4) How far could schools in challenging circumstances establish a school development capacity for change? Do leadership for learning and teacher collaboration make a difference?
The study is embedded in a school development project “Empowering schools – developing potentials” with 32 secondary schools facing challenging circumstances in Western Germany. The design-based school development program has revealed suitable support and interventions: Evidence-based analysis of problems after data-feedback, collaborative learning in school-to-school networks, suitable support by knowledge-transfer and trainings, counseling for guided development inside school. which are a part of the design-based school development program within the German project. Principals, teachers, students and parents were surveyed longitudinally by standardized questionnaires 2014 and 2018 capturing external and internal context factors of schools.. The analyses are based on cross-sectional and longitudinal teacher data (n =1105/986) and student data (n=3183/2524) over two measuring points. Reliable scales measuring the teachers' perceptions of relevant teacher and school features are considered. Especially leadership for learning and teacher collaboration as professional learning communities were operationalized with new created Likert scales. The analyses contain mean comparison tests, path analysis and structure equation models. Mean comparison tests are used to analyze differences between leadership patterns depending on the students body composition of schools; regression analyses are conducted to investigate relationships between leadership patterns as well as collaborative activities, attitudes and beliefs of teachers; multiple regressions and structure equation models will check the influence of leadership for learning and teacher factors on teaching quality and instructional development. In regard of the empirical results mentioned before, we will analyze the relationships between leadership practices, readiness for innovation, professional teacher collaboration and teacher commitment and involvement in the project as well as on school and teaching development activities. We assume that in schools with a higher level of these quality factors systematic development strategies are used more effectively than in other schools (Holtappels, 2013). Further, we assume that the findings of our own investigation show a difference between leadership patterns of schools in challenging circumstances with different students’ body compositions regarding the socioeconomic status (Teddlie et al., 2000).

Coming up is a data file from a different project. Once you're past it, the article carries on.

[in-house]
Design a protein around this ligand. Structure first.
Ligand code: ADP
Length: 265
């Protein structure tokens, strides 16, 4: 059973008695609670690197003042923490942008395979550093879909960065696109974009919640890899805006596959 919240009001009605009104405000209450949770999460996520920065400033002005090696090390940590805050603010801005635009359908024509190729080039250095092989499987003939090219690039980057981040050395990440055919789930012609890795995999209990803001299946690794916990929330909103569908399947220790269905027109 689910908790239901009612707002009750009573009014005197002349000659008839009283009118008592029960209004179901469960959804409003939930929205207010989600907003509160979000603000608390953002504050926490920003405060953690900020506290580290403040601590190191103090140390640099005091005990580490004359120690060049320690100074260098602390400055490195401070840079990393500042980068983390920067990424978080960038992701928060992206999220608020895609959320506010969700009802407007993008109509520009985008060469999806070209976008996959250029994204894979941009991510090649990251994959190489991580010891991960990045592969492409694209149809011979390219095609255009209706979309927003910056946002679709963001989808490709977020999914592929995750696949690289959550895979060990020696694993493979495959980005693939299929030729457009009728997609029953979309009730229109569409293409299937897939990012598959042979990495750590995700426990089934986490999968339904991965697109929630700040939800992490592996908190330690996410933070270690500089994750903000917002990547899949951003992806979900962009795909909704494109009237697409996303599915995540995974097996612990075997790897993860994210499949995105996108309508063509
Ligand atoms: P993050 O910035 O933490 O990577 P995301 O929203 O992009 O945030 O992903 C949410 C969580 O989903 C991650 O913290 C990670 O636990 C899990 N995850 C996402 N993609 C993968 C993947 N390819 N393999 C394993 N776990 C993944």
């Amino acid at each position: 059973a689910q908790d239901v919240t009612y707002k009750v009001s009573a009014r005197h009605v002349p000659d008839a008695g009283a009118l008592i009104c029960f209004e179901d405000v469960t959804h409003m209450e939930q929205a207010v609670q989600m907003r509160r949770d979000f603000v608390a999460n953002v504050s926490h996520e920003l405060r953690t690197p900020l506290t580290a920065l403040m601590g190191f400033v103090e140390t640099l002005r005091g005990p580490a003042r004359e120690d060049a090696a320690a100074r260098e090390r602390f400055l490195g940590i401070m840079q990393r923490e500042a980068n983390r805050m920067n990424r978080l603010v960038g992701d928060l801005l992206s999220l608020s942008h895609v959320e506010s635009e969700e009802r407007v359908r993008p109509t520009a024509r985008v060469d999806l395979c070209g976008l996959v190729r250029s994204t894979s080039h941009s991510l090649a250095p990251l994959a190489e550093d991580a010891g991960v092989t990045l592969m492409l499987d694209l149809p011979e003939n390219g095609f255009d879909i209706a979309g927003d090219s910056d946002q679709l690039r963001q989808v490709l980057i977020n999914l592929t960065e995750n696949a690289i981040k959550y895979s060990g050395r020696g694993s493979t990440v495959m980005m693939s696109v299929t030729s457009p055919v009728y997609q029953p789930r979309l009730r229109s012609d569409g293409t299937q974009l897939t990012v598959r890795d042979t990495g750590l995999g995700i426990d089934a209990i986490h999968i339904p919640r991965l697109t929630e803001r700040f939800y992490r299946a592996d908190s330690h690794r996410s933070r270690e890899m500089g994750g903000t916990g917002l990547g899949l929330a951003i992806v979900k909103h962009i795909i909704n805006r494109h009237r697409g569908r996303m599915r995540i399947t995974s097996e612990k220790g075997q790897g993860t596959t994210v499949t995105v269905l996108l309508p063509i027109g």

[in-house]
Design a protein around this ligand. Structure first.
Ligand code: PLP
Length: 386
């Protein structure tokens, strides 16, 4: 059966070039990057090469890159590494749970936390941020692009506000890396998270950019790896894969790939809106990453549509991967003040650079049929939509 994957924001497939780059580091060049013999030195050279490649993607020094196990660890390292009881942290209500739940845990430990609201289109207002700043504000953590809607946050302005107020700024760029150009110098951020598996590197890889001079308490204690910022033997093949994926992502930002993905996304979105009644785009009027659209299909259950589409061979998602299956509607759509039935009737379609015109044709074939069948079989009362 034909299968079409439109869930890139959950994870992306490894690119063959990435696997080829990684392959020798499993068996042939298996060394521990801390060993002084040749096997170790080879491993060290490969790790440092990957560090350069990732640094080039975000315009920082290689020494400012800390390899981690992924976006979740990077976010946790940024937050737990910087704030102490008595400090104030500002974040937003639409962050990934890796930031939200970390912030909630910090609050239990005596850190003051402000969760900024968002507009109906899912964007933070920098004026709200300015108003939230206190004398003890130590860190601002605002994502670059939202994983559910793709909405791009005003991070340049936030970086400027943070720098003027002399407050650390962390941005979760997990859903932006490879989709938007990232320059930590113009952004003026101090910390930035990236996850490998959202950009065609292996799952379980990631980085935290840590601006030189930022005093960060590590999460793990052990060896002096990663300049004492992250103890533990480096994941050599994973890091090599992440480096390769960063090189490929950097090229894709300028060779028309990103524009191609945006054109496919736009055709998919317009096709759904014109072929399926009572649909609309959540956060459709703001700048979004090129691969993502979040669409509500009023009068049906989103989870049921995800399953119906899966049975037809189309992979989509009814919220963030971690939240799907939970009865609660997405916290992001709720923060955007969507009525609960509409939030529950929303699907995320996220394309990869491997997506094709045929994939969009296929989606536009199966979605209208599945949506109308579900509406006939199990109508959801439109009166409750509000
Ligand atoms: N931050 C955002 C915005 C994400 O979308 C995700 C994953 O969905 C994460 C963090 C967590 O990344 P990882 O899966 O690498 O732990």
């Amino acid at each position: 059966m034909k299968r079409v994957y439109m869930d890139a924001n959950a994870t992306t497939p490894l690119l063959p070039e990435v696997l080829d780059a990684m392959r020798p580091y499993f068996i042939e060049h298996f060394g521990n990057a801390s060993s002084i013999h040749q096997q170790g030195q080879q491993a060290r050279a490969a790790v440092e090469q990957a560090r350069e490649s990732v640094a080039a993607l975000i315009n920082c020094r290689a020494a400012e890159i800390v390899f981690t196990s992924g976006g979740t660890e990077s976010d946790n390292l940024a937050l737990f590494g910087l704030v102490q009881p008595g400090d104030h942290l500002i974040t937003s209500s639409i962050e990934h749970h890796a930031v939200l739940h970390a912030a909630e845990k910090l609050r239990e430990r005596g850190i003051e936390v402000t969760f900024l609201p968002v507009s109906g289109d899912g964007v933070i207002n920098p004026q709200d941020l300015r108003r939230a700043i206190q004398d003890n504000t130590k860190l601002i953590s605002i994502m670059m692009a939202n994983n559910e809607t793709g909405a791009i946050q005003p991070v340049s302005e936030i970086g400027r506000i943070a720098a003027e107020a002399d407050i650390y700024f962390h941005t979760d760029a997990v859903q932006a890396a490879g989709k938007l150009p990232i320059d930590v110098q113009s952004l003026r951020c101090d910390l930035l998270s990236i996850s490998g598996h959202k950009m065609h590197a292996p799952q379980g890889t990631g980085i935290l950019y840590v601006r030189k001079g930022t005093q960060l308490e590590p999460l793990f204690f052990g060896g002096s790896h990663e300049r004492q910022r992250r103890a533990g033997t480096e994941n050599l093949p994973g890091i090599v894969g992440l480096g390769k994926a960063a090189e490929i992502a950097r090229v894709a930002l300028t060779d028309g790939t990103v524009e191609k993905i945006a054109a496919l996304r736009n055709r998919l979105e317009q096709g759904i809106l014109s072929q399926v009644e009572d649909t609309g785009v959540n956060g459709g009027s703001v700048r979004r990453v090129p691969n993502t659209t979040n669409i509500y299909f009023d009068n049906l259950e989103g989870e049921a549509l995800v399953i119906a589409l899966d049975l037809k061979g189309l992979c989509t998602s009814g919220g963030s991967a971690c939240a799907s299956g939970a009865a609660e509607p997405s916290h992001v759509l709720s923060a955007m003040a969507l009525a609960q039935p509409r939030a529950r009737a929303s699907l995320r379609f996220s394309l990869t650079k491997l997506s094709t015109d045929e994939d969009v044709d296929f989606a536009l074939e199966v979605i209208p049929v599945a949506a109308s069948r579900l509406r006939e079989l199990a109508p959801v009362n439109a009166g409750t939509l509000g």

The issues will show firstly the development of the schools on process factors at school and classroom level, getting different results over all indicators. Secondly we examined that leadership on learning, professional teacher collaboration and systematic use of school development strategies and external support, based on the design-based program of the project, have impacts on school improvement on school and classroom level and on internal structures (change management, problem-solving) in schools, but the success of the intervention program vary from school to school. Beyond this instructional leadership and collaboration in teams are closely related to intensive development efforts inside school (Holtappels, 2013). Leadership patterns of principals seem to depend on the socioeconomic student body composition of schools (Smith & Bell, 2014). Leadership for learning is closely related to other school level factors and can affect intensive school improvement activities. Readiness for innovation and professional collaboration show higher effects on developed teaching practice. Schools with unfavorable compositions of student body show higher efforts for support for learning, differentiation and adaptivity of teaching. Different patterns of leadership style get visible, depending on schools’ conditions and factors of process quality, especially leadership on learning and professional teacher collaboration contribute to quality improvement but teacher involvement and other factors of the development process and the organizational culture seem to be important, too. Apparanetly the design-based intervention program and development process factors had an impact on building school development capacity in schools but without short-term effects on quality improvement. The findings give clear opportunities for effective school development policies and strategies for intervention to avoid failing of schools. The issues are important for an European perspective on intervention programs for schools in trouble.